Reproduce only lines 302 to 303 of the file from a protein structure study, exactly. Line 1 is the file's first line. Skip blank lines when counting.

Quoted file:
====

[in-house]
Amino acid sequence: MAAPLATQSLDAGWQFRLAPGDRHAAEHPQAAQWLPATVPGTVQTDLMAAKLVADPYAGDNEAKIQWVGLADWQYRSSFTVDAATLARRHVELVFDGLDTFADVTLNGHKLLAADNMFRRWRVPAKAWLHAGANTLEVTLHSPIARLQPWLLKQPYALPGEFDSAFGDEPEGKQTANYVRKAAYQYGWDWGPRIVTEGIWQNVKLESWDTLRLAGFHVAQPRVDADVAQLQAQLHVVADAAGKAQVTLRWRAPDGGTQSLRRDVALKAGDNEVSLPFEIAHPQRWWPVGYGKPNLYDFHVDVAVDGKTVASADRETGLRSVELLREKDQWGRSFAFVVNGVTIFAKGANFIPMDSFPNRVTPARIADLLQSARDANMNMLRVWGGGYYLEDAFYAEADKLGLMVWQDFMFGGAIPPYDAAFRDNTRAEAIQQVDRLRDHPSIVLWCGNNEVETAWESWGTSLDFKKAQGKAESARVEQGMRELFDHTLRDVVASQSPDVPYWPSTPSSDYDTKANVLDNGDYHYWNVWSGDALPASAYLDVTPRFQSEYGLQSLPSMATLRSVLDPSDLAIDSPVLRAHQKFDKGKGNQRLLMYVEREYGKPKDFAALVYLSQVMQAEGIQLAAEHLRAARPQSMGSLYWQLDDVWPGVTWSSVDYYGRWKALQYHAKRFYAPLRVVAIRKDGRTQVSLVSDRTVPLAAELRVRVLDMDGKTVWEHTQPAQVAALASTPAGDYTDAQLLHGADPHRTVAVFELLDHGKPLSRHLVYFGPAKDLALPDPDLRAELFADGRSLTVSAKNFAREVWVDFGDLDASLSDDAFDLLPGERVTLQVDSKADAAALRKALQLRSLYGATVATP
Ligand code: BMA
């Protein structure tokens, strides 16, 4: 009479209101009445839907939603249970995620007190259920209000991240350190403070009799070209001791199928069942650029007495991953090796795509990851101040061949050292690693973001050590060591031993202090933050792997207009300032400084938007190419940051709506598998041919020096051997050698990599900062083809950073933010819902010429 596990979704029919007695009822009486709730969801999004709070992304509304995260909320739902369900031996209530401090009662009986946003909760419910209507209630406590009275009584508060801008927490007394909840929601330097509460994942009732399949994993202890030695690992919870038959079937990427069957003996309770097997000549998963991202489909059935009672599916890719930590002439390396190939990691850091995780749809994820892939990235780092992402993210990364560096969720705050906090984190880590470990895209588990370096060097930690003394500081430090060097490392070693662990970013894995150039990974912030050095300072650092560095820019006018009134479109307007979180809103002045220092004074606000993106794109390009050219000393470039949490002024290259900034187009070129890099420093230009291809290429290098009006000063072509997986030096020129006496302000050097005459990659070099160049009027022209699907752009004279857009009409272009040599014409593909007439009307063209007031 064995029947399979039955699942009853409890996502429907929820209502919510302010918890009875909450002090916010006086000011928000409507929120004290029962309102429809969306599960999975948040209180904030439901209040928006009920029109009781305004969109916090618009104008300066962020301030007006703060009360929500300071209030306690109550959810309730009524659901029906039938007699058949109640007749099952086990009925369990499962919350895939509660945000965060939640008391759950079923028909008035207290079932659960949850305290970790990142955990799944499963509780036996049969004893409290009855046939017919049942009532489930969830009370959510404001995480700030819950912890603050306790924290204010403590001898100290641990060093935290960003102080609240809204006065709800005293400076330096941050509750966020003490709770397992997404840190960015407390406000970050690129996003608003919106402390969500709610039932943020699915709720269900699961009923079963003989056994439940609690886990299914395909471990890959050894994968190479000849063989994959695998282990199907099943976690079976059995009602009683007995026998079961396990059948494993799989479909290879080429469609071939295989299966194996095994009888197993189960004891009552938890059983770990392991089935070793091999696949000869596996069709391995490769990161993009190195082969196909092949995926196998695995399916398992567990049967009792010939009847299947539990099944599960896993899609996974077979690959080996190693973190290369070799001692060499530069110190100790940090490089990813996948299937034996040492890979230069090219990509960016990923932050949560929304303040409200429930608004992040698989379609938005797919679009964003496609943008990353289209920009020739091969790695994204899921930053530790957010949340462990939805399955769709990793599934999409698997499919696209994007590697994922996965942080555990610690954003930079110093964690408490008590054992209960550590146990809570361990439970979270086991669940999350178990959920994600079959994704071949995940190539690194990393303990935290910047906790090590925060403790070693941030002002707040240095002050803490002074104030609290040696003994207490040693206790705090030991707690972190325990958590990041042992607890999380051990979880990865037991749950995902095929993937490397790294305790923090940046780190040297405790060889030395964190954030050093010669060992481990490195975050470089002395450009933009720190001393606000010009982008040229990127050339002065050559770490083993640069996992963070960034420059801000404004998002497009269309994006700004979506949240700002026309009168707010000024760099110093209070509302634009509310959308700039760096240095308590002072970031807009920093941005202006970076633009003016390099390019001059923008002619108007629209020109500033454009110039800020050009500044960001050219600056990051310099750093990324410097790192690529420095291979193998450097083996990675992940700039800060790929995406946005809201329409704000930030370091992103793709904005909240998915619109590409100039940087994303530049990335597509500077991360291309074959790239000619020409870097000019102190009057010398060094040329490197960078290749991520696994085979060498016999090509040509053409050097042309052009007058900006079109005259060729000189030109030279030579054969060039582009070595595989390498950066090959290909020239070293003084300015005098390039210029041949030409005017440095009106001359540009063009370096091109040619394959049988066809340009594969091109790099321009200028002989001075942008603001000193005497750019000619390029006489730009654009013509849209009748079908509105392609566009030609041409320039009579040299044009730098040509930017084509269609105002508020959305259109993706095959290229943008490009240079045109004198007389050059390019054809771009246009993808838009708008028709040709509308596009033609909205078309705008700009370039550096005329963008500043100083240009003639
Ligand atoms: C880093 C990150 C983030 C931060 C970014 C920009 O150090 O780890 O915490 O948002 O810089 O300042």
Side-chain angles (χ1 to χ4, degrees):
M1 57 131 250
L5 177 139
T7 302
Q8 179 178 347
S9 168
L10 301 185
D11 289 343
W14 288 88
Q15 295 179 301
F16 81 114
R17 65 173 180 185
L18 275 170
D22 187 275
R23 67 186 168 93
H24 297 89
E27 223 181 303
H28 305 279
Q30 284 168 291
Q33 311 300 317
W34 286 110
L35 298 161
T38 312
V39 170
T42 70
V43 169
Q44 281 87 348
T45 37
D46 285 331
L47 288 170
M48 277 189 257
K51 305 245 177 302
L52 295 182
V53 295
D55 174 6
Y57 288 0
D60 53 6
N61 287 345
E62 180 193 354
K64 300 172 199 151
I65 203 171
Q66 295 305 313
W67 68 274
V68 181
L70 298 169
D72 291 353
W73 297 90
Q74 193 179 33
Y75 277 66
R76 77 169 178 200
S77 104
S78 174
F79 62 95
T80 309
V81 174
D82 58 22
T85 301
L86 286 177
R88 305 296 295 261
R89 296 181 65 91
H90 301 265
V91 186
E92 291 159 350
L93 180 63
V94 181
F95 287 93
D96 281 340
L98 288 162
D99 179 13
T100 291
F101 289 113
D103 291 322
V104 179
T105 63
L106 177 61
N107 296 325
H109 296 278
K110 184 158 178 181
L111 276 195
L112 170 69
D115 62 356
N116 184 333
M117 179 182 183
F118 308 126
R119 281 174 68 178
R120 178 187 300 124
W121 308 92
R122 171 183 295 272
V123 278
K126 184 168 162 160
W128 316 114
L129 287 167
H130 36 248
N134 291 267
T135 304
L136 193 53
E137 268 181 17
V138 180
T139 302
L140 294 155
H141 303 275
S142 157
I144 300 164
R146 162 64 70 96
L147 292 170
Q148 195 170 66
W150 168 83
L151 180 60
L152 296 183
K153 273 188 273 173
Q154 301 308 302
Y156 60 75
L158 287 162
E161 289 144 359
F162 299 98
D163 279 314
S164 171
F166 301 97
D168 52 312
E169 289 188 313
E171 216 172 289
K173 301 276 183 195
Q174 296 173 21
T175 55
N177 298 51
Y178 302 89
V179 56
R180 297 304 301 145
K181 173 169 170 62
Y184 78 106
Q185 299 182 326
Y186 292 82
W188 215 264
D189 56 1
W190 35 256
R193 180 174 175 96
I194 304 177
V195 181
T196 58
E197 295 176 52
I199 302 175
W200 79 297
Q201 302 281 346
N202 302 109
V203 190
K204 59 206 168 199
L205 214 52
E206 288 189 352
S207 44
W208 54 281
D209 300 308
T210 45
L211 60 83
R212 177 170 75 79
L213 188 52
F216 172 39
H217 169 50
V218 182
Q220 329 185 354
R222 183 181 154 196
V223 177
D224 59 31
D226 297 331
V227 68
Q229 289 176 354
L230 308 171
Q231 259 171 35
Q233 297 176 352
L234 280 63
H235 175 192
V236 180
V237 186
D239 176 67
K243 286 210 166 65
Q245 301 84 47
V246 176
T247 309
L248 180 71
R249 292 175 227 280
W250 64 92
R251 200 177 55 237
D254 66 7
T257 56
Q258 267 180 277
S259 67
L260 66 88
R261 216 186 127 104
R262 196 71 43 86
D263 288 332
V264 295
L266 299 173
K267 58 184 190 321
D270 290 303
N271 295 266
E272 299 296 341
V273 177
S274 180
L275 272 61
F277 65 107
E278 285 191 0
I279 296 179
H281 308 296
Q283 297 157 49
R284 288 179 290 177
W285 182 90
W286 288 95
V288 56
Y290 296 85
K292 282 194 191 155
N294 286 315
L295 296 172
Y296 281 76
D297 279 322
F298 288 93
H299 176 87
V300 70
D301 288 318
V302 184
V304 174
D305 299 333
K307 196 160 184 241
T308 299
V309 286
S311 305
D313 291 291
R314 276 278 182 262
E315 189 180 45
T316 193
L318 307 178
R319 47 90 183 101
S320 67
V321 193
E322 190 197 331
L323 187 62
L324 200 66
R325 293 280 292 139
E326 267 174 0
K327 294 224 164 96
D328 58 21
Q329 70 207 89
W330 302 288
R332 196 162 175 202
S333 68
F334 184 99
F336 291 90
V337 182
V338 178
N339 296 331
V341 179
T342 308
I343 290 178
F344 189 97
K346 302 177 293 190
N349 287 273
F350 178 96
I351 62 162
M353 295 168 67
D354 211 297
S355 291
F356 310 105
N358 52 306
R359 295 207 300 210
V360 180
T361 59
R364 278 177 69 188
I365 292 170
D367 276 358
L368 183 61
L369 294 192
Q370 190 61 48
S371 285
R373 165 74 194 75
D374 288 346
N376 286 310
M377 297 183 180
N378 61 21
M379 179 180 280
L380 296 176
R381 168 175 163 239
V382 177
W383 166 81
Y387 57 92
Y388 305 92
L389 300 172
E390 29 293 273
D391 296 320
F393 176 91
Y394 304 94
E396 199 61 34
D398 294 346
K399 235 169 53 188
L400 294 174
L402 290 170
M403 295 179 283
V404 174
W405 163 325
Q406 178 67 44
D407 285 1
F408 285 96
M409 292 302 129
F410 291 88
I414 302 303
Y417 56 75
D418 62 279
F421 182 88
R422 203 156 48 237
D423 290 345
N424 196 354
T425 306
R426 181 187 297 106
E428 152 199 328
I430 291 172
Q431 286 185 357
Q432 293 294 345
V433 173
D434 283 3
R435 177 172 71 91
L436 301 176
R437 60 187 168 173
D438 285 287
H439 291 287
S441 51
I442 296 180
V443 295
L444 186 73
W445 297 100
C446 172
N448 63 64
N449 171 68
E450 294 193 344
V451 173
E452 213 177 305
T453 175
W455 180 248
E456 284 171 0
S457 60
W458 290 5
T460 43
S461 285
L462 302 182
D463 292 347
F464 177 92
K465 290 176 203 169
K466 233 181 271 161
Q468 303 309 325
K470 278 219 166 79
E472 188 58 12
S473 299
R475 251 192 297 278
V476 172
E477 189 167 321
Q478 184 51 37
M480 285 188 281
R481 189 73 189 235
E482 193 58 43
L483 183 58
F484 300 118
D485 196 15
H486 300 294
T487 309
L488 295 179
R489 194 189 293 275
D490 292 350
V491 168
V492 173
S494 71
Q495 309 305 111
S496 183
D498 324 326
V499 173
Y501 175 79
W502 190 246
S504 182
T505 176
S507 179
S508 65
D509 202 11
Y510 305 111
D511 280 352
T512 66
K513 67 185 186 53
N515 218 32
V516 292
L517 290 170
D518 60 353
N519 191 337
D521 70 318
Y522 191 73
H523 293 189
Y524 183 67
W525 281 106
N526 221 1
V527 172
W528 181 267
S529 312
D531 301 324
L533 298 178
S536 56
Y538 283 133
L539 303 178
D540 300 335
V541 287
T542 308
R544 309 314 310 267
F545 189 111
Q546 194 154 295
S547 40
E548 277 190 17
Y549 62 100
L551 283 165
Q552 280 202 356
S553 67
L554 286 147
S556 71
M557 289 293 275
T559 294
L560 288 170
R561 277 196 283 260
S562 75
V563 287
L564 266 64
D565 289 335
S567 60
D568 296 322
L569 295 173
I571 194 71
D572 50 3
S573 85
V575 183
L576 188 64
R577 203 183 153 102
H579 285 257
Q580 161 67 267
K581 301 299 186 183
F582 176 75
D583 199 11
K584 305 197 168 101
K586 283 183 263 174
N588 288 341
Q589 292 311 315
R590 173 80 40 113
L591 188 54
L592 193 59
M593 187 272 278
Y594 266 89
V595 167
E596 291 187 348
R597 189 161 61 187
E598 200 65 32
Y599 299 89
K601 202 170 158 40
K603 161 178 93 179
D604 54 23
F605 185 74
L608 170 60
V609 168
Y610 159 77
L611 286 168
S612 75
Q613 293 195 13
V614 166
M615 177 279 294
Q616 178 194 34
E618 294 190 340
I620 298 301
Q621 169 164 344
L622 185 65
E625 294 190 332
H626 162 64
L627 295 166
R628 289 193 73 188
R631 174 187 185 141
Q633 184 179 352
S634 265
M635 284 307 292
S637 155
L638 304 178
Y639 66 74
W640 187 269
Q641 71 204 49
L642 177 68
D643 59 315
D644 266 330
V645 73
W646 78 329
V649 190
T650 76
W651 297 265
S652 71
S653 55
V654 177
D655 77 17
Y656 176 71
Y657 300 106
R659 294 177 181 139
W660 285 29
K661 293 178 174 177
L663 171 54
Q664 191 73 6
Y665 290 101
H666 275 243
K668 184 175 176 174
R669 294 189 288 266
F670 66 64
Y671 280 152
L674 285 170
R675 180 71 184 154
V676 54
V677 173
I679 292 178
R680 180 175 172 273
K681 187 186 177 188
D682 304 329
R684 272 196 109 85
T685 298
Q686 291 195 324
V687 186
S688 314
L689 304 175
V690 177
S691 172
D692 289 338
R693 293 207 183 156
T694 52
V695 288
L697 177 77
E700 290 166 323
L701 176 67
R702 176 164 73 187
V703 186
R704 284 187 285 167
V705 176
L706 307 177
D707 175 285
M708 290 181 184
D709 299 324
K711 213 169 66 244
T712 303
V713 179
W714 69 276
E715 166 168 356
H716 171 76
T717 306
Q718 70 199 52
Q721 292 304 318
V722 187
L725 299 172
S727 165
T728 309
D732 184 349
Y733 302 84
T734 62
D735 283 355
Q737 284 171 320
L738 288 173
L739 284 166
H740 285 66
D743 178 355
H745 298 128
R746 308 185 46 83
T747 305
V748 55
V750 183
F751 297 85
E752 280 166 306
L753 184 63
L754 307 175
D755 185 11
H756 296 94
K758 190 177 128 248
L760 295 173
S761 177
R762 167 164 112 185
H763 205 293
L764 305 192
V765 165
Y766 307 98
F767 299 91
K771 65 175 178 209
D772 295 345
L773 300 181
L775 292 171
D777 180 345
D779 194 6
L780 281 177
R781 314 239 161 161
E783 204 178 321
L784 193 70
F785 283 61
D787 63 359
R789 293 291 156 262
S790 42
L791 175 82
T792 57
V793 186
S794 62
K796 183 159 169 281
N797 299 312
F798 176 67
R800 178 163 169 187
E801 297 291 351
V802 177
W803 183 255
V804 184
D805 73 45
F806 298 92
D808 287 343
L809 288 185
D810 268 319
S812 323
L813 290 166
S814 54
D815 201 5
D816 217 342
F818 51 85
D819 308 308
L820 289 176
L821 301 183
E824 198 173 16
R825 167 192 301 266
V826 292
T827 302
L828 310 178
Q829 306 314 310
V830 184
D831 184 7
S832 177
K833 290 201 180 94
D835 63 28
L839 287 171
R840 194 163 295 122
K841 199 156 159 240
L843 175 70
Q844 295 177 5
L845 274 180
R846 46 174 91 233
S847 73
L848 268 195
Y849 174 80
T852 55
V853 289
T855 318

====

Q406 178 67 44
D407 285 1